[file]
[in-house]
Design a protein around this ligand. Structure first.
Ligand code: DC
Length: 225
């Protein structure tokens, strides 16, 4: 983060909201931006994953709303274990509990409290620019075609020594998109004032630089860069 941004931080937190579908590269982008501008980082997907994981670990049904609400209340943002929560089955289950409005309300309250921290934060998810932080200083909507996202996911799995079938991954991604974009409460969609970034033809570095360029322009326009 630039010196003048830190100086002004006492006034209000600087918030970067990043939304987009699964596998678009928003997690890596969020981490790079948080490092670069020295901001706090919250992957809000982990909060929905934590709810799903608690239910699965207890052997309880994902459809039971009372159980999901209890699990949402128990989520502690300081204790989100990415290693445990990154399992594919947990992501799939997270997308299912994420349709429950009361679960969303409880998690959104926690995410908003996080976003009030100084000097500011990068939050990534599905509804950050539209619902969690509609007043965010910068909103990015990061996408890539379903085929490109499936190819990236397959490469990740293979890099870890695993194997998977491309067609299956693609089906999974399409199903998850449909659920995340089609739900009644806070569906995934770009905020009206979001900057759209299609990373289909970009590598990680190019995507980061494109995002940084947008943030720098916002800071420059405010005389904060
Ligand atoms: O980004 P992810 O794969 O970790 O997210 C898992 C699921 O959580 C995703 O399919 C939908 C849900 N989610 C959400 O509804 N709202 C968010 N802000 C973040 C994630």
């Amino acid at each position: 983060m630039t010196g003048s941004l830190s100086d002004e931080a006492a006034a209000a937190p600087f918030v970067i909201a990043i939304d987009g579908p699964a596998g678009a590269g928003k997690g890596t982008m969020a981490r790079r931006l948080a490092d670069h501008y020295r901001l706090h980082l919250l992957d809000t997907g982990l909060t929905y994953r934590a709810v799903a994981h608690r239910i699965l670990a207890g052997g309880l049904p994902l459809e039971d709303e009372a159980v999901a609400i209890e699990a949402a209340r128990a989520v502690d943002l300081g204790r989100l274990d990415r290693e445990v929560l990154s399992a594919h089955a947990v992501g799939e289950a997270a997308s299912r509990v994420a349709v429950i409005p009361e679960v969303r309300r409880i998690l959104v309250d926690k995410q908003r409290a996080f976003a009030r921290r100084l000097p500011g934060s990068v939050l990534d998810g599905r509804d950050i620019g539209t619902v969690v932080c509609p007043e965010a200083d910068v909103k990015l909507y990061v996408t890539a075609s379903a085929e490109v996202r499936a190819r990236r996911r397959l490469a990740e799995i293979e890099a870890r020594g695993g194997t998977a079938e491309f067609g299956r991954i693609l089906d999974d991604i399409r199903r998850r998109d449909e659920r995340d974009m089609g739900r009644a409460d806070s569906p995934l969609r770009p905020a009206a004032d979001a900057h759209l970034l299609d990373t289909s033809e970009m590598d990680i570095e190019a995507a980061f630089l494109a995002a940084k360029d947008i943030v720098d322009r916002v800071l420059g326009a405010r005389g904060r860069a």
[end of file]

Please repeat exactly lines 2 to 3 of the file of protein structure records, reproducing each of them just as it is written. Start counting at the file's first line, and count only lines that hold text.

Design a protein around this ligand. Structure first.
Ligand code: DC